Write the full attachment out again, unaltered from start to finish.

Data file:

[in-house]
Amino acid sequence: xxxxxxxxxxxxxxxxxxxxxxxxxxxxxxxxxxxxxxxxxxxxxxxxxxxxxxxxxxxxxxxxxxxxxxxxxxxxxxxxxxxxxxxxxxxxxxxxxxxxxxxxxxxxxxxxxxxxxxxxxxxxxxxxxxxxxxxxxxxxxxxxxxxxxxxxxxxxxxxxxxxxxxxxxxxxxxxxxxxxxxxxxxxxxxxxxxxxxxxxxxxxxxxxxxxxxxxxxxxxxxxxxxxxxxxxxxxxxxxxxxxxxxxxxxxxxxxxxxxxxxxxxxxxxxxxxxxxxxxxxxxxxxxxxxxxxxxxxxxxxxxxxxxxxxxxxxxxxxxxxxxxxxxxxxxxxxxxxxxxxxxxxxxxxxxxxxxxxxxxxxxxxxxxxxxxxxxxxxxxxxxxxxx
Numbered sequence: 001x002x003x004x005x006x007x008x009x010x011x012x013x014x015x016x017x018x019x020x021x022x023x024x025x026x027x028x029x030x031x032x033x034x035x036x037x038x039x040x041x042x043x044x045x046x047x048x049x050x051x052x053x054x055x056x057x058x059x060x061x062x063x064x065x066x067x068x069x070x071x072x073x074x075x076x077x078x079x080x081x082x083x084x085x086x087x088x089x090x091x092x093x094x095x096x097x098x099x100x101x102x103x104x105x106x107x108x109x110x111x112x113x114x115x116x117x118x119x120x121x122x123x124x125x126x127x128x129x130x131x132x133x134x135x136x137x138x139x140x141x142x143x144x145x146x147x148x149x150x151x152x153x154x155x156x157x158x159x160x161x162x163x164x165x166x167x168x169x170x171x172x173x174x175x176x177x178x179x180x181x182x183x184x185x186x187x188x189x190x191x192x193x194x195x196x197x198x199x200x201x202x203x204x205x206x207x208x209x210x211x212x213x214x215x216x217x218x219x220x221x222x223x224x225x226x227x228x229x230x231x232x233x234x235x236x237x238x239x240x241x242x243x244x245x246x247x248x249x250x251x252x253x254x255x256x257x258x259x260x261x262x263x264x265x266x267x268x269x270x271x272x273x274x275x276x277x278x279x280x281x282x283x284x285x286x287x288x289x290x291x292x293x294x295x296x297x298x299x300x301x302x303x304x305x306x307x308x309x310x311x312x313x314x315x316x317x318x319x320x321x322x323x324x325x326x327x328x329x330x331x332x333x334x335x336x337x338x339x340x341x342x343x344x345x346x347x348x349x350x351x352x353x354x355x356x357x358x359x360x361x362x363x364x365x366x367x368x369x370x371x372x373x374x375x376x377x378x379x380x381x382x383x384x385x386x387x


[in-house]
Amino acid sequence: xxxxxxxxxxxxxxxxxxxxxxxxxxxxxxxxxxxxxxxxxxxxxxxxxxxxxxxxxxxxxxxxxxxxxxxxxxxxxxxxxxxxxxxxxxxxxxxxxxxxxxxxxxxxxxxxxxxxxxxxxxxxxxxxxxxxxxxxxxxxxxxxxxxxxxxxxxxxxxxxxxxxxxxxxxxxxxxxxxxxxxxxxxxxxxxxxxxxxxxxxxxxxxxxxxxxxxxxxxxxxxxxxxxxxxxxxxxxxxxxxxxxxxxxxxxxxxxxxxxxxxxxxxxxxxxxxxxxxxxxxxxxxxxxxxxxxxxxxxxxxxxxxxxxxxxxxxxxxxxxxxxxxxxxxxxxxxxxxxxxxxxxxxxxxxxxxxxxxxxxxxxxxxxxxxxxxxxxxxxxxxxxxxx
Numbered sequence: 001x002x003x004x005x006x007x008x009x010x011x012x013x014x015x016x017x018x019x020x021x022x023x024x025x026x027x028x029x030x031x032x033x034x035x036x037x038x039x040x041x042x043x044x045x046x047x048x049x050x051x052x053x054x055x056x057x058x059x060x061x062x063x064x065x066x067x068x069x070x071x072x073x074x075x076x077x078x079x080x081x082x083x084x085x086x087x088x089x090x091x092x093x094x095x096x097x098x099x100x101x102x103x104x105x106x107x108x109x110x111x112x113x114x115x116x117x118x119x120x121x122x123x124x125x126x127x128x129x130x131x132x133x134x135x136x137x138x139x140x141x142x143x144x145x146x147x148x149x150x151x152x153x154x155x156x157x158x159x160x161x162x163x164x165x166x167x168x169x170x171x172x173x174x175x176x177x178x179x180x181x182x183x184x185x186x187x188x189x190x191x192x193x194x195x196x197x198x199x200x201x202x203x204x205x206x207x208x209x210x211x212x213x214x215x216x217x218x219x220x221x222x223x224x225x226x227x228x229x230x231x232x233x234x235x236x237x238x239x240x241x242x243x244x245x246x247x248x249x250x251x252x253x254x255x256x257x258x259x260x261x262x263x264x265x266x267x268x269x270x271x272x273x274x275x276x277x278x279x280x281x282x283x284x285x286x287x288x289x290x291x292x293x294x295x296x297x298x299x300x301x302x303x304x305x306x307x308x309x310x311x312x313x314x315x316x317x318x319x320x321x322x323x324x325x326x327x328x329x330x331x332x333x334x335x336x337x338x339x340x341x342x343x344x345x346x347x348x349x350x351x352x353x354x355x356x357x358x359x360x361x362x363x364x365x366x367x368x369x370x371x372x373x374x375x376x377x378x379x380x381x382x383x384x385x386x387x